In this two-part tutorial, originally published in Docma Magazine, gallereplay co-founder Lydia Dietsch explains how cinemagraphs can be created using Adobe Photoshop. This week, part two: bringing it all together and editing your cinemagraph in Photoshop.
Now let’s take a look at editing (moving) images in Photoshop. I’ll begin by pulling the MP4 file into Photoshop. On the timeline you can play the video by pressing the spacebar. Then I could look for a frame that I liked and use this to create a static image on a new layer (Shift + alt + cmd + E). For now we let’s make this layer invisible by hiding the layer.
In this particular case we also had video material in which the person on the right hand side left the frame. This makes it easier to separate the person from the moving background. Let’s find a suitable section of the video with a duration of 4 seconds for example (ideally cinemagraphs shouldn’t be much longer than 8 seconds or so). I could now split the remaining video down the middle, into two sections and move the second clip one track higher, as well as moving it back to the very beginning of the timeline. I moved the lower clip backwards a little on the timeline – the two clips should now be overlapping on the timeline. I then selected the “fade out” effect on the timeline and pull it at the end of the upper clip. We now have a video which loops. You can now test how long the fade should last and at which point in the clip it should start.
Let’s now make our static image visible again. You need to ensure the static image covers the entire length of the video clip in the timeline window. To create the mask around the person, I’ll create a new layer and use a red brush to trace the edges. When doing this I usually adjust the hardness of the brush according to the edges: when tracing “hard” edges I make sure the hardness of the brush is high and vice-versa. When it comes to hair, I use a different technique, where I increase the contrast between the two elements I wish to separate and use a luminosity mask.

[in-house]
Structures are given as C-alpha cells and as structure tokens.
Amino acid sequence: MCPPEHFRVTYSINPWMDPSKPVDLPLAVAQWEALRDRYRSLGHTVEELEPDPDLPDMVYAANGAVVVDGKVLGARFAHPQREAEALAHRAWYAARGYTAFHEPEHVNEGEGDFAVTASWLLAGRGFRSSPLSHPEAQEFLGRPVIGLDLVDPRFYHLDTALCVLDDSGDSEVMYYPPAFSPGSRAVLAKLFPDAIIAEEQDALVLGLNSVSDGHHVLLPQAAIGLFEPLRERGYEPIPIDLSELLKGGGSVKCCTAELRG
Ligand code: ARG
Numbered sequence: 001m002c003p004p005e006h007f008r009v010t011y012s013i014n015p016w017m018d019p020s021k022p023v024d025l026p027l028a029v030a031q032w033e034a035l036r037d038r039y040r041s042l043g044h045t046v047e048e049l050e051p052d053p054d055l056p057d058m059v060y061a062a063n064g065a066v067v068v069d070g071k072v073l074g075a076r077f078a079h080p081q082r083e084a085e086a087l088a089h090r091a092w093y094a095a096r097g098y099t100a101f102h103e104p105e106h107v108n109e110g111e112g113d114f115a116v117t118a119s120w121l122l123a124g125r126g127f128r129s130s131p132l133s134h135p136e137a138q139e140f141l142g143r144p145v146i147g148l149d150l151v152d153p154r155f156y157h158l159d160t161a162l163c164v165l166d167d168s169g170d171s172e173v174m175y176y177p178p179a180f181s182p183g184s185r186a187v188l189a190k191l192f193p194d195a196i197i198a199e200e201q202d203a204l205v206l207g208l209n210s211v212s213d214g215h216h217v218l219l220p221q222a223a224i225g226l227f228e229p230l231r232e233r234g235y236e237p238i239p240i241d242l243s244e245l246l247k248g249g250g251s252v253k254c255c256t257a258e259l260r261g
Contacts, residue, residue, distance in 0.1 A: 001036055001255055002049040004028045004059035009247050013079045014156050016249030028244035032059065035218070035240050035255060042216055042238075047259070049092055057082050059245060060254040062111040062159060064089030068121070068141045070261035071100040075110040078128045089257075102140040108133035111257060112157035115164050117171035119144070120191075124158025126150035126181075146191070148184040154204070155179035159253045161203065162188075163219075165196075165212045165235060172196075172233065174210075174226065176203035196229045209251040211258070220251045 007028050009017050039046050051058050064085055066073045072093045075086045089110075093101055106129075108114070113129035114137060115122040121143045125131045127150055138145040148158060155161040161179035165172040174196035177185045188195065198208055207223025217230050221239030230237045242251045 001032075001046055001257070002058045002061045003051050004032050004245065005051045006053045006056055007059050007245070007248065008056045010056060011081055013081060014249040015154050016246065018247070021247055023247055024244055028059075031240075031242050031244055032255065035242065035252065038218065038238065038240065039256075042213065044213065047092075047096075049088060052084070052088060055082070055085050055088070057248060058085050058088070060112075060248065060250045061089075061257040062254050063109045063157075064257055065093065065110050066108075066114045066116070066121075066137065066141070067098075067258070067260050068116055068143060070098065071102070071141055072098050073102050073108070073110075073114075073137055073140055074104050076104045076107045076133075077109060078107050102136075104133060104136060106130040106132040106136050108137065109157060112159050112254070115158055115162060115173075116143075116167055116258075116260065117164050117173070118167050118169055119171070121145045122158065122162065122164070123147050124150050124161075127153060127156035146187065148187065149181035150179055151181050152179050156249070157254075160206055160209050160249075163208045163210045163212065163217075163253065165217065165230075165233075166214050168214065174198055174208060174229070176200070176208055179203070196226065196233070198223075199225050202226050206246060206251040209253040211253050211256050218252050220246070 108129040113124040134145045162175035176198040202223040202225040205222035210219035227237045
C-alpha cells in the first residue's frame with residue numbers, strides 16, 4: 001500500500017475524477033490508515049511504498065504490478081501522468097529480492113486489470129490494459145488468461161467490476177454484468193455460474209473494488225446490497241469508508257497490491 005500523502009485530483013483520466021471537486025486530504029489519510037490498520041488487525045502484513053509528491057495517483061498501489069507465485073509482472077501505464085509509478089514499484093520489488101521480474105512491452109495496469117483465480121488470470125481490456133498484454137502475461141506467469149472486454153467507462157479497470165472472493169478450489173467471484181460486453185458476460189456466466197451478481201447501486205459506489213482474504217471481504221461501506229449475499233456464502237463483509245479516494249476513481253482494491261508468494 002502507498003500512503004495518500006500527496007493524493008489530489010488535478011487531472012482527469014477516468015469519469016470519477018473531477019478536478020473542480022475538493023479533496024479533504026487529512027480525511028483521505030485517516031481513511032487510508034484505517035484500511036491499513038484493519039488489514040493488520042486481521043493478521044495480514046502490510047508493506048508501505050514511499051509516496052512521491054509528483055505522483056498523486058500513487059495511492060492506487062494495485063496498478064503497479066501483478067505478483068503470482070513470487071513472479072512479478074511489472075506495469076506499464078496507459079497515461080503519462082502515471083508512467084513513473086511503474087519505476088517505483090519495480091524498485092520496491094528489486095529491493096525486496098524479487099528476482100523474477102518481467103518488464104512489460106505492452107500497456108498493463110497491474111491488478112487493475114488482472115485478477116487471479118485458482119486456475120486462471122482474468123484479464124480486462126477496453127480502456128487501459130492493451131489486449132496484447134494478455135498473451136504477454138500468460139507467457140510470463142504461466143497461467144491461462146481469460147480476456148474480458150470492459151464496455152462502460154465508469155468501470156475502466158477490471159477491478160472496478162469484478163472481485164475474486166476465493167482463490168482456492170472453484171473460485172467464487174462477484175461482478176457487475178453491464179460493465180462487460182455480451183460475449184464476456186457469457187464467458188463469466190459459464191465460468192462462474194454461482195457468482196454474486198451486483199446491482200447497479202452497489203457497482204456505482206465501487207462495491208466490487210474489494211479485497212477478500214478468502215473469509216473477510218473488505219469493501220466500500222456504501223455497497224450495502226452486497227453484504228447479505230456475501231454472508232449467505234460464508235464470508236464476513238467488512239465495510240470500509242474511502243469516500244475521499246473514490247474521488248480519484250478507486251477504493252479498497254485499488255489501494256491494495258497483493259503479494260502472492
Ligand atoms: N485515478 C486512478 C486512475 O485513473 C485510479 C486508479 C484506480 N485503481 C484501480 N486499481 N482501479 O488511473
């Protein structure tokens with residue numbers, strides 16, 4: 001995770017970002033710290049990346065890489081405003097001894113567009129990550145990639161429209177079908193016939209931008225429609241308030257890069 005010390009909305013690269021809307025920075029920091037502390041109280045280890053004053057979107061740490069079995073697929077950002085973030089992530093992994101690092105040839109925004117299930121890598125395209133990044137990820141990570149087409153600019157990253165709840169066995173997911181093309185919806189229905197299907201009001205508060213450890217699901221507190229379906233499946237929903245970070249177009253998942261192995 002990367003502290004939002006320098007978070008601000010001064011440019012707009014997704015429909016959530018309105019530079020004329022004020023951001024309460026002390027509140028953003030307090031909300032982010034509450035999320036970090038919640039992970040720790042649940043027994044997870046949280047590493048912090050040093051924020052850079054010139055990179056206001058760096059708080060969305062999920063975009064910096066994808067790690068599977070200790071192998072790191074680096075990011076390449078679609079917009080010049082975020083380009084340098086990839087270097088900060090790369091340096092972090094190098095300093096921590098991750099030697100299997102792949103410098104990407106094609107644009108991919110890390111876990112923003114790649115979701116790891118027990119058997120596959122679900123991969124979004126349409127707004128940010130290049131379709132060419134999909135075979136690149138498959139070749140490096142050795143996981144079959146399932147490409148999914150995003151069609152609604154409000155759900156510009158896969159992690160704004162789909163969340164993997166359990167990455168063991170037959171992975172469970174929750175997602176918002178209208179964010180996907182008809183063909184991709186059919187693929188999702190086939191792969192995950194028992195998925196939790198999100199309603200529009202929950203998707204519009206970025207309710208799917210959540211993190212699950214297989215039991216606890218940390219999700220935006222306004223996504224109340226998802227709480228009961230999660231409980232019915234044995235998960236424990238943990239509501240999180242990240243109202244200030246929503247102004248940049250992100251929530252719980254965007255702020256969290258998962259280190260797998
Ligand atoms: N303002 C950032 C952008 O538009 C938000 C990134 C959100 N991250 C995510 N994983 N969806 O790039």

Once we’re ready we can select and load the red layer (cmd + click on the layer). Now let’s select our static image once again and click on the “mask” symbol in the bottom right corner. We’ve now combined together the static image with the moving element.
In terms of color grading, Photoshop is also able to unleash its full potential when editing video. The Camera Raw Filter works very well here. In order to use this we need to select our clips and convert them into smart objects (right click on the layer > convert to smart object).
In this case I’ve converted the static image into a separate smart object, since I wanted to apply a slightly different color grading to it than to the moving element (the curtain). I’ve also done some additional editing using adjustment layers etc. Additionally I’ve placed another cinemagraph inside the TV monitor. Remember to make sure that all the static clips on the timeline have the same duration as the clip containing the element of motion.
Once you’re done you can render the cinemagraph. For this, use the “render video” button at the bottom left corner of the timeline.
I typically render video with the commonly used H.264 code and normally leave the framerate at 25fps. Changing the framerate of the export from that of the original video can lead to dropped frames. I usually compress the resolution from 4K down to Full HD, since this results in a sharper image when viewed at 100%, and because I often don’t need the 4K resolution. I export cinemagraphs using a bitrate of 16mbps.
As it is this video can be uploaded to Facebook or Instagram, where it will automatically play back over and over again. When paired with HTML- or embed codes it can also be played automatically and looped on websites. More and more social media platforms are making it possible to post cinemagraphs. If ever there should be an issue with the implementation of the video file, for instance if for some reason it isn’t possible to loop the video, you can export the cinemagraph in the gif format, (File > Export > Save for Web / cmd + alt + shift + S) which loops natively.
The method that I’ve described is one of three effects commonly used in cinemagraphs. Instead of using the fade you can also use a “hard cut” or the “bouncing loop” a.k.a. “forwards-reverse” effect, all of which are possible within Photoshop. To apply a hard cut, just cut the video at the right frame, creating a seamless loop, however this only works with perfectly repetitive movements, such as a rotating carousel or swinging pendulum. To apply the “forwards-reverse” effect you first play back a movement normally, and then play it back in reverse. This way the moving element eventually returns to it’s point of origin. Here you have to be careful that the movement doesn’t begin to feel too robotic. The more you test these effects, the more you will get a sense of which effect is the right one and why. You’ll also quickly learn which movements work well and develop an “eye for cinemagraphs.” The nice thing is, that there’s more movement around us than you might think! And if there’s no movement you can easily create your own with a bit of imagination. Just like in this cinemagraph.